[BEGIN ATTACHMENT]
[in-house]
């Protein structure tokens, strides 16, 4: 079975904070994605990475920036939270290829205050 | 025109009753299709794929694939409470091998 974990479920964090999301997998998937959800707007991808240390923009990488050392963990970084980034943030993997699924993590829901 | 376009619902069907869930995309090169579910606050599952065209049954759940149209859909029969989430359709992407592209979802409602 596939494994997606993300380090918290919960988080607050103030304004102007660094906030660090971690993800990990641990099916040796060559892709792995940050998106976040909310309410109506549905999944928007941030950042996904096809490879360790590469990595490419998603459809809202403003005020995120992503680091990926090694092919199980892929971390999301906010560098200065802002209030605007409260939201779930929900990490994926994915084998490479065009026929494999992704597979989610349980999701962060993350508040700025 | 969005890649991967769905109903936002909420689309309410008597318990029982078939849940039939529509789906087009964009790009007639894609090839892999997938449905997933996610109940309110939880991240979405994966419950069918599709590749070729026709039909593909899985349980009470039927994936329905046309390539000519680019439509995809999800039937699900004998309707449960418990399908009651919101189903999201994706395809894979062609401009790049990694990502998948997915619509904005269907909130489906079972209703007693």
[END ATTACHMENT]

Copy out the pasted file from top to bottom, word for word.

[in-house]
């Protein structure tokens, strides 16, 4: 079975904070994605990475920036939270290829205050 | 025109009753299709794929694939409470091998 974990479920964090999301997998998937959800707007991808240390923009990488050392963990970084980034943030993997699924993590829901 | 376009619902069907869930995309090169579910606050599952065209049954759940149209859909029969989430359709992407592209979802409602 596939494994997606993300380090918290919960988080607050103030304004102007660094906030660090971690993800990990641990099916040796060559892709792995940050998106976040909310309410109506549905999944928007941030950042996904096809490879360790590469990595490419998603459809809202403003005020995120992503680091990926090694092919199980892929971390999301906010560098200065802002209030605007409260939201779930929900990490994926994915084998490479065009026929494999992704597979989610349980999701962060993350508040700025 | 969005890649991967769905109903936002909420689309309410008597318990029982078939849940039939529509789906087009964009790009007639894609090839892999997938449905997933996610109940309110939880991240979405994966419950069918599709590749070729026709039909593909899985349980009470039927994936329905046309390539000519680019439509995809999800039937699900004998309707449960418990399908009651919101189903999201994706395809894979062609401009790049990694990502998948997915619509904005269907909130489906079972209703007693």